What Is a Data Catalog?

A data catalog helps data users identify which data assets are available and provides relevant context about that data, allowing them to assess the data for use. Data catalogs help you organize and evaluate information about your data, including:

  • The source and current location of the data
  • The data’s lineage
  • The data's classification

Data Catalog Examples

Data catalogs have emerged as a foundational need for modern data-driven organizations. As a result, you’ll find them in many data management solutions. But not all data catalogs are created equal. Some are part of other tools, such as business intelligence tools (like Tableau) or analytics tools (like Databricks). These data catalogs only scan and catalog datasets and reports within that environment for a limited use case. The large cloud platform providers offer their own data catalogs as well. Microsoft Azure, Amazon Web Services (AWS) and Google Cloud offer catalogs focused on their cloud ecosystems. These data catalogs do not cover data on-premises or in other cloud ecosystems, which can result in vendor lock-in.

True enterprise-scale data catalogs can scan, catalog and inventory data of virtually all types across virtually all data sources for cloud and on-premises environments. This allows them to remain more platform- and vendor-agnostic. Some enterprise-scale catalogs take it a step further, offering the ability to scan and ingest metadata from other data catalogs. Because these solutions act as a “catalog of catalogs,” they can provide a comprehensive metadata system of record for the organization.

How Users Interact with a Modern Data Catalog

Here is a real-world example of how users interact with a data catalog.

An organization’s marketing team wants to create personalized campaigns to support cross-sell and upsell opportunities. The team contacts a data analyst within the organization to help find the relevant data to support their project.

The data analyst searches for order data within the organization’s data catalog solution. Upon selecting a data asset called “Orders,” she can quickly review the asset’s elements, quality, lineage and related policies. She determines that the data asset is appropriate for the marketing team to use for their personalized campaign initiative.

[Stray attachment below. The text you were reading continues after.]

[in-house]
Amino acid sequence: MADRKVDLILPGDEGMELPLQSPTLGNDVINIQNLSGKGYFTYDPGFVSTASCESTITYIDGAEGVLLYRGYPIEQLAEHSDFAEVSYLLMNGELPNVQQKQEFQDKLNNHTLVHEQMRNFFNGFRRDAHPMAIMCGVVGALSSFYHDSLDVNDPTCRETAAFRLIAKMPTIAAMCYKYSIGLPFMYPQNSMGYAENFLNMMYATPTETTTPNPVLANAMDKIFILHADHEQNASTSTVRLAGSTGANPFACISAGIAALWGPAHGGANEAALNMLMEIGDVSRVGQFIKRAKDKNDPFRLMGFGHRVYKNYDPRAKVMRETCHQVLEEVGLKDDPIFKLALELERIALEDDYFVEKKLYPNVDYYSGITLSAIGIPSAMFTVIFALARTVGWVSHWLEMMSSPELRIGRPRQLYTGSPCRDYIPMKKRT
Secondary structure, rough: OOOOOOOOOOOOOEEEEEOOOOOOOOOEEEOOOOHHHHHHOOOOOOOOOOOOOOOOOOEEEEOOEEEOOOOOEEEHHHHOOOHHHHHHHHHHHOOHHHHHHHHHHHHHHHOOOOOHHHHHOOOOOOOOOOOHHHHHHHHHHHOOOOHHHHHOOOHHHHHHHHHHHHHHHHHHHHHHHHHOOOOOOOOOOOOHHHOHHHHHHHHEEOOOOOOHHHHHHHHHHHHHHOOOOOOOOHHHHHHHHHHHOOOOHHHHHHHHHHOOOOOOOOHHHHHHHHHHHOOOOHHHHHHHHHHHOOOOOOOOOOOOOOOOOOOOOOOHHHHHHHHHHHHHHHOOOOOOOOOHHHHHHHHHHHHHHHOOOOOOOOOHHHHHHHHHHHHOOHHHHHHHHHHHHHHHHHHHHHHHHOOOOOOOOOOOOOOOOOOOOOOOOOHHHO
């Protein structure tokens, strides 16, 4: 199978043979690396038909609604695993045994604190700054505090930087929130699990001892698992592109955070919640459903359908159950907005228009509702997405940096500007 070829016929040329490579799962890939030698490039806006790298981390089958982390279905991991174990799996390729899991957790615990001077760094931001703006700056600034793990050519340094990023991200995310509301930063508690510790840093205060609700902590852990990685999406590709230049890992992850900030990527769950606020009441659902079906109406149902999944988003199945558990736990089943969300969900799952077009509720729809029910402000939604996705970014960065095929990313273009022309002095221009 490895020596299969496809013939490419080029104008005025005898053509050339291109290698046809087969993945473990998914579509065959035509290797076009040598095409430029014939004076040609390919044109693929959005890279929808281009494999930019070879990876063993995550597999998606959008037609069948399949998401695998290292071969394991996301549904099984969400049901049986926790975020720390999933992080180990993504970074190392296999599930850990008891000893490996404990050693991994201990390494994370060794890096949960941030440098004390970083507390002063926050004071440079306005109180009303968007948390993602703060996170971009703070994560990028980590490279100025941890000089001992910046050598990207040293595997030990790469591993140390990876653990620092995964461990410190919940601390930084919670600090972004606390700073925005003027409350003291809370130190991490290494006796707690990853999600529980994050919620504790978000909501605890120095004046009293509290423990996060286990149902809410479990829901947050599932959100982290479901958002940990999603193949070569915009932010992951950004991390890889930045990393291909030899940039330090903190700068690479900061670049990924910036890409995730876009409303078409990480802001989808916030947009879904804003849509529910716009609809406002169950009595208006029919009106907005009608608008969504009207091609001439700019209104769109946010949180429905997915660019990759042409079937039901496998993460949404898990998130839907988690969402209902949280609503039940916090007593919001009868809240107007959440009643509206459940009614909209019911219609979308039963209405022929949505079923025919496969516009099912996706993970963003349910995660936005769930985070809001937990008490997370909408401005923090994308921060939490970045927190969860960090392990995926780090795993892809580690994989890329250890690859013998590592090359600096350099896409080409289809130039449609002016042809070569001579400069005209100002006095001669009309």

Watch this demo to see this example in action:

In this data catalog example, a data analyst uses Informatica Cloud Data Governance and Catalog (CDGC) to help a marketing analyst gain context about the data needed for analytics to help generate personalized customer campaigns.

Data Catalog Template

“What should be in our data catalog?” is an important question. The more businesses across your organization use and add context to the data, the more valuable the data becomes. This increases the likelihood that the data catalog can help data stewards, data analysts, data scientists and other data consumers efficiently locate and assess data across the organization.

Modern data catalogs automatically harvest metadata (data about data) from data across on-premises and cloud environments, allowing users to enrich the metadata further. This helps improve productivity and operational efficiency by streamlining or automating critical tasks.

The types of metadata in a data catalog include:

  1. Technical metadata, including database schemas, mappings and code, transformations and quality checks
  2. Business metadata, including glossary terms, data governance processes and application and business context metadata
  3. Operational and infrastructure metadata, including run-time stats, time stamps, volume metrics, log information and other system metadata
  4. Usage metadata, including user ratings, comments and access patterns

Modern data catalogs leverage this metadata to enable automated and AI-powered capabilities such as:

  • Bulk import of data assets via data catalog templates
  • Automated data discovery
  • Semantic search
  • Domain and entity recognition
  • Automated data classification
  • Automated association of glossary terms to technical data assets
  • Data profiling
  • Inferred data lineage and relationships
  • Data recommendations